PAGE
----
Quantifying the Effect of Physical Activity on Endometrial Cancer Risk

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Abstract

Endometrial cancer incidence is rising, with 435,000 global cases in 2019. An effective, low cost primary prevention strategy is required to reduce disease burden. Obesity, insulin resistance and inflammation contribute to endometrial carcinogenesis and physical activity targets these pathways. This study sought to quantify the amount of physical activity required to impact upon endometrial cancer risk.

Physical activity data from 222,031 female participants with an intact uterus in the UK Biobank study were analysed using a multi-variable Cox proportional hazards model. A systematic review of the literature was performed, searching CENTRAL, Embase and MEDLINE databases up to 19/04/2021. Studies including participants with and without endometrial cancer investigating the effect of physical activity measured in MET-h/week on disease risk were included. Two reviewers independently selected studies, extracted data and evaluated the risk of bias.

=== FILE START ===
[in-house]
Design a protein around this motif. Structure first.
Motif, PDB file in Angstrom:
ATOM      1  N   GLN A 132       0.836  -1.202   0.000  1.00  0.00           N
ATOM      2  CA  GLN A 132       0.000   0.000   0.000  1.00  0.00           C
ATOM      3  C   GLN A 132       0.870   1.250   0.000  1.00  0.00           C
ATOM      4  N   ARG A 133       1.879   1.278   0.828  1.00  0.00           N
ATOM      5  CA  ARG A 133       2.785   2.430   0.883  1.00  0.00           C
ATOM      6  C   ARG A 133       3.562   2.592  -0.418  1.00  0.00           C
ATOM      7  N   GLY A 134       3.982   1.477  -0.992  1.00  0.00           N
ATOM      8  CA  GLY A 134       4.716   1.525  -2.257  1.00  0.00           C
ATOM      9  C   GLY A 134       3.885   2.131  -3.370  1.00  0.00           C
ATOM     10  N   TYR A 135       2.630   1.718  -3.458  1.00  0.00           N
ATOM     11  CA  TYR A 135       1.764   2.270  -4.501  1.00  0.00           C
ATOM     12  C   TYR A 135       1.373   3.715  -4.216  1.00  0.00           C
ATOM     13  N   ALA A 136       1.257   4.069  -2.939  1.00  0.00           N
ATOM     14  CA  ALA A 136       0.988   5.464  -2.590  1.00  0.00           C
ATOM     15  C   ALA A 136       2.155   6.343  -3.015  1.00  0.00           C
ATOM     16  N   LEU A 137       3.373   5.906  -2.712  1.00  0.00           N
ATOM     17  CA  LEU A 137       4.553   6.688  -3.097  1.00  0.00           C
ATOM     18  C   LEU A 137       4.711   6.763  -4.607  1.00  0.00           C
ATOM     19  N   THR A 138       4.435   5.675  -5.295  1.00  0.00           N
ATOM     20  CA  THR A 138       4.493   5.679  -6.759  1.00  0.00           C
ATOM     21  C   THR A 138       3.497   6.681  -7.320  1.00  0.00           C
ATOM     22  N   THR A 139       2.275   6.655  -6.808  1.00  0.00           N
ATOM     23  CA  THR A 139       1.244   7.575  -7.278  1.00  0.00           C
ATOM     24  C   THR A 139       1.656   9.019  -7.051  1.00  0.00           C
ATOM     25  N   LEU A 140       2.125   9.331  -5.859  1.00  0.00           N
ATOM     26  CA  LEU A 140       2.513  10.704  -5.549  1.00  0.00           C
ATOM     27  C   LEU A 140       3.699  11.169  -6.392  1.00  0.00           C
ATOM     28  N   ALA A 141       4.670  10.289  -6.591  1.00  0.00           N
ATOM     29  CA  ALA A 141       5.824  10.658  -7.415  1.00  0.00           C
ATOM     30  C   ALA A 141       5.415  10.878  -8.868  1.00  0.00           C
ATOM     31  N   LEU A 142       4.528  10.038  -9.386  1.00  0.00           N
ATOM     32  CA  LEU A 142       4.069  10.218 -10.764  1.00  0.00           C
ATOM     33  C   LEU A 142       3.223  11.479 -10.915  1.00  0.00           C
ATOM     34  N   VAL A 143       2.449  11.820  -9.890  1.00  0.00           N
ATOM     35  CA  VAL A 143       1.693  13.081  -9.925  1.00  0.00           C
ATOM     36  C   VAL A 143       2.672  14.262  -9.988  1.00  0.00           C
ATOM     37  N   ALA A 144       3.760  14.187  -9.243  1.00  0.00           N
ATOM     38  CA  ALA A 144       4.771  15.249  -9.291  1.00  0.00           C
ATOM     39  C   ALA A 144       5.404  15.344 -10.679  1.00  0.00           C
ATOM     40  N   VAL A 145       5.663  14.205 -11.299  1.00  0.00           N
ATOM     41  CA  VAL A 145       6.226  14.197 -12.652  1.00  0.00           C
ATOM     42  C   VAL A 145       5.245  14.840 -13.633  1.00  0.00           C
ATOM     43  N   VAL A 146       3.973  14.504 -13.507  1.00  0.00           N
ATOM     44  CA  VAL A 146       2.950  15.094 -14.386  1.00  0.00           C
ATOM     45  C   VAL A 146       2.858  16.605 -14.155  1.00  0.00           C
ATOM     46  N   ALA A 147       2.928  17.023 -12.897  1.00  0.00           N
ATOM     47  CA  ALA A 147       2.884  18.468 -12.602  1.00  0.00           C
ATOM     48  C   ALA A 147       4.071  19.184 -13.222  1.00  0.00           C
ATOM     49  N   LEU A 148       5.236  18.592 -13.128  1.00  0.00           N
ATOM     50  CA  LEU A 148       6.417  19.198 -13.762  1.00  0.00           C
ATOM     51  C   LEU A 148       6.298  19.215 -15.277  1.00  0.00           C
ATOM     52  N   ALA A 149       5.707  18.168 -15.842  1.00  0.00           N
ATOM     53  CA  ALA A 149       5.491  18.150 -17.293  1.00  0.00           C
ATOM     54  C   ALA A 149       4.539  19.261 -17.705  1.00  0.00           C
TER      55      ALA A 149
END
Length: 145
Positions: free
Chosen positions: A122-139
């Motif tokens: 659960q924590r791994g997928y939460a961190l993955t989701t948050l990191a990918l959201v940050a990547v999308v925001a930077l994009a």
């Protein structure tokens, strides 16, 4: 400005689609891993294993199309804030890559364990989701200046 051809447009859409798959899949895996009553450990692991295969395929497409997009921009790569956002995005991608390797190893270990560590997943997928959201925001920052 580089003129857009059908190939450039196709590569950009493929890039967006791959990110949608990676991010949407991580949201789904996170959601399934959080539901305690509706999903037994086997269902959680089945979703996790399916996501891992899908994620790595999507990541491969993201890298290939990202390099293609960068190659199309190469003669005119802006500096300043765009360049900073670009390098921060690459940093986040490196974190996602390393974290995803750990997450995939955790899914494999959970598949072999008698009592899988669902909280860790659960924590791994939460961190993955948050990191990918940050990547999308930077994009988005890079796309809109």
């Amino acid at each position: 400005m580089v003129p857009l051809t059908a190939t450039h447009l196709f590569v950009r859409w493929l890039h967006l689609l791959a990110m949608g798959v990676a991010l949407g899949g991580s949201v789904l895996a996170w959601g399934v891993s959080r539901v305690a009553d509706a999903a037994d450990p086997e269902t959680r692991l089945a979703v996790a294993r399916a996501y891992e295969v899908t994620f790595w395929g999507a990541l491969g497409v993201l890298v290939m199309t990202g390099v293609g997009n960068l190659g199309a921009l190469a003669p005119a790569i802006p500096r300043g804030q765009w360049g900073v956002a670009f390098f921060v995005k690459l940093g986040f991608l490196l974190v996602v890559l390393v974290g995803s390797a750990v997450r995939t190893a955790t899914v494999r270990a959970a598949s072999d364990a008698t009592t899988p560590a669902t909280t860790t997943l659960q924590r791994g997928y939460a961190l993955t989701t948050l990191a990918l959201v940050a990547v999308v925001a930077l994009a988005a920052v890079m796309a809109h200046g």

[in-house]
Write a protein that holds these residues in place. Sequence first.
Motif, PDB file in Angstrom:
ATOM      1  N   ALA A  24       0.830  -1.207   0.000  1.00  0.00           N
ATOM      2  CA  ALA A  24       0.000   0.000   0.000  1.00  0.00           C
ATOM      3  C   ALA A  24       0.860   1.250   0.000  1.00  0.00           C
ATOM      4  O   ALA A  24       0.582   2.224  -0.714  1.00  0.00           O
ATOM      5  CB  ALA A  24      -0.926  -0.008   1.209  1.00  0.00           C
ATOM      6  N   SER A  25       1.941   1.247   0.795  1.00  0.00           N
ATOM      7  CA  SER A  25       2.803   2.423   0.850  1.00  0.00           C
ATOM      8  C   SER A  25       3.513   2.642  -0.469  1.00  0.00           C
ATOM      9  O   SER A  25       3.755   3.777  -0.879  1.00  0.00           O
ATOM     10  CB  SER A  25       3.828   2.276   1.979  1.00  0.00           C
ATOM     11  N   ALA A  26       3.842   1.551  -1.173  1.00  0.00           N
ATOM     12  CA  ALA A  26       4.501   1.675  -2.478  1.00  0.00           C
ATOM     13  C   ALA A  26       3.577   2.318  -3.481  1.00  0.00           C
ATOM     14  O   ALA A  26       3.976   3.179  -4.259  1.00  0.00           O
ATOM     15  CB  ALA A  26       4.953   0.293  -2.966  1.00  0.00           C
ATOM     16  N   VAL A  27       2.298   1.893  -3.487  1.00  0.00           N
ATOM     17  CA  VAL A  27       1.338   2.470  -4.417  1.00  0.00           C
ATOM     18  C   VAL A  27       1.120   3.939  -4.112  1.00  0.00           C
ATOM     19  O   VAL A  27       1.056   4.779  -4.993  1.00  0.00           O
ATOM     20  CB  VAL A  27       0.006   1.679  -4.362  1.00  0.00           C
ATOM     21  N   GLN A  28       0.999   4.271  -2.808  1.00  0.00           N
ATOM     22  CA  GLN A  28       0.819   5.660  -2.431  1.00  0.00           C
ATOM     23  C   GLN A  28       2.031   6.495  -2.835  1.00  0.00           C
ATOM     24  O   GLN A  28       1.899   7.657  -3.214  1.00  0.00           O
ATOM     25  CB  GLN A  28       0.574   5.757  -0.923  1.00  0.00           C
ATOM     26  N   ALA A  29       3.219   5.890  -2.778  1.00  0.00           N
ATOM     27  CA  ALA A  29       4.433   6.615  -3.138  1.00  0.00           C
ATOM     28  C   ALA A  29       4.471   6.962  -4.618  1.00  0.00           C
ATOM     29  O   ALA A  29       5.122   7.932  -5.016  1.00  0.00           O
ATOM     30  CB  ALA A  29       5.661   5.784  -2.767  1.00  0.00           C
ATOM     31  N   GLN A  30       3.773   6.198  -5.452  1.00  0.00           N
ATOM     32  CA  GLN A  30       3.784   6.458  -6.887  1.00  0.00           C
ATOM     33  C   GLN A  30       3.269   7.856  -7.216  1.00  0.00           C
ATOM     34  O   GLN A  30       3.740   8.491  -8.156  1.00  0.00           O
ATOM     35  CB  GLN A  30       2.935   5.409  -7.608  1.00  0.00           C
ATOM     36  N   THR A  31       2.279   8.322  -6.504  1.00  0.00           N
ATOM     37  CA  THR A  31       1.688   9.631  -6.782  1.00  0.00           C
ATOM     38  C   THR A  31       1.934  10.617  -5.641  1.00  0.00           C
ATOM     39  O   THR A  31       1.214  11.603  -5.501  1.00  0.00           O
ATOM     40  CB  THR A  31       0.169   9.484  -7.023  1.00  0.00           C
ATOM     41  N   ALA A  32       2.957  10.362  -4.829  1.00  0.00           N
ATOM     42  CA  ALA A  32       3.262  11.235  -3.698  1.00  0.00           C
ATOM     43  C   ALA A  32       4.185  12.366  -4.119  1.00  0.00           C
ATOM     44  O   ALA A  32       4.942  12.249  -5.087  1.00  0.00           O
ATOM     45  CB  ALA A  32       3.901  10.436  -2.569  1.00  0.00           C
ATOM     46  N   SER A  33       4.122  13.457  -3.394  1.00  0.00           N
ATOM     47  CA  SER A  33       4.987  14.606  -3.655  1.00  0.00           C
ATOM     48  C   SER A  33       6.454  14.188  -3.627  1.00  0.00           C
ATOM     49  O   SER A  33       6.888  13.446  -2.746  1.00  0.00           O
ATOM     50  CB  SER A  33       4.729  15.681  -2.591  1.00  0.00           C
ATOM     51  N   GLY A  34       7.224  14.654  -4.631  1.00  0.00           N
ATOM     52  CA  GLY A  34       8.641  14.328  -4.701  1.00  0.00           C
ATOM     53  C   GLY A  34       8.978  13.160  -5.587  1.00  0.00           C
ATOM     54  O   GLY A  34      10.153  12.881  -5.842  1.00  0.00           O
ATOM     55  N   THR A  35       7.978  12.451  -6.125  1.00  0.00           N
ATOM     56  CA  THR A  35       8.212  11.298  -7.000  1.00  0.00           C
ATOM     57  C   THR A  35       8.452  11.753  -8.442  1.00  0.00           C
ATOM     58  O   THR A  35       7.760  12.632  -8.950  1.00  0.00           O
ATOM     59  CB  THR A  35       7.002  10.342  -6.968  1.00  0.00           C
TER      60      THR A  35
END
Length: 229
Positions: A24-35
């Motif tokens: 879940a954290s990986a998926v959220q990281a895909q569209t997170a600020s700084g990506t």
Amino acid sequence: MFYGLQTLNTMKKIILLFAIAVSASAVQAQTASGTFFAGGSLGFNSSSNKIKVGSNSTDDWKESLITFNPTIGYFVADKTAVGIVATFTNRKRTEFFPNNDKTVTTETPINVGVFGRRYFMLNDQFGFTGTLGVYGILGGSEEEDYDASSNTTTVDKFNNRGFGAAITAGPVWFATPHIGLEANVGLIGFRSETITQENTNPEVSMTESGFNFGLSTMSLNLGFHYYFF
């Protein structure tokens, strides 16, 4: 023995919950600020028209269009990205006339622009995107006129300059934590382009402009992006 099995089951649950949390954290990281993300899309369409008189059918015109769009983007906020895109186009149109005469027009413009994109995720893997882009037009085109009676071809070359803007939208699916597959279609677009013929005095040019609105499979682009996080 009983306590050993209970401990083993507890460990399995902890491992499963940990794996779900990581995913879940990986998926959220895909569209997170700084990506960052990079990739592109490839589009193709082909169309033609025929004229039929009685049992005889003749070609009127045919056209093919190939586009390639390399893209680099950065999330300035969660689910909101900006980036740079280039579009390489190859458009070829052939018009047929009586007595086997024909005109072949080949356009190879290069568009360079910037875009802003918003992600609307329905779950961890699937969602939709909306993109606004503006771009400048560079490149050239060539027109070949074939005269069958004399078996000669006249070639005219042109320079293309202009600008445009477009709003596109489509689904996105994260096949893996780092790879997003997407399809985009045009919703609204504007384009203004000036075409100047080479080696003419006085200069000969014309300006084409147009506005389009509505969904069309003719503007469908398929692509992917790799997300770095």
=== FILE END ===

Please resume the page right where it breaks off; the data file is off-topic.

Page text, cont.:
Within the UK Biobank, each 1 MET-h/week increase in total physical activity was associated with a 0.2% (95%CI 0.1-0.4%, p=0.020) reduction in endometrial cancer risk, equating to a 10.4% reduction if performing 50 MET-h/week or 7 hours of jogging/week. Eleven cohort and 12 case-control studies were identified in the systematic review, including 821,599 participants. One study reported a non-significant effect of 1 MET-h/week increases in physical activity on endometrial cancer risk (OR 1.00, 95%CI 0.99-1.00). Eight studies found significant reductions in disease risk of 15-53%, but only in the most physically active individuals.

Physical activity reduces endometrial cancer risk, but the effect size appears small. Regular vigorous activity should be encouraged to maximise the health benefit observed.
Original languageEnglish
JournalCancer Prevention Research
Early online date13 Jun 2022
DOIs
Publication statusPublished - 13 Jun 2022

Research Beacons, Institutes and Platforms

  • Manchester Cancer Research Centre

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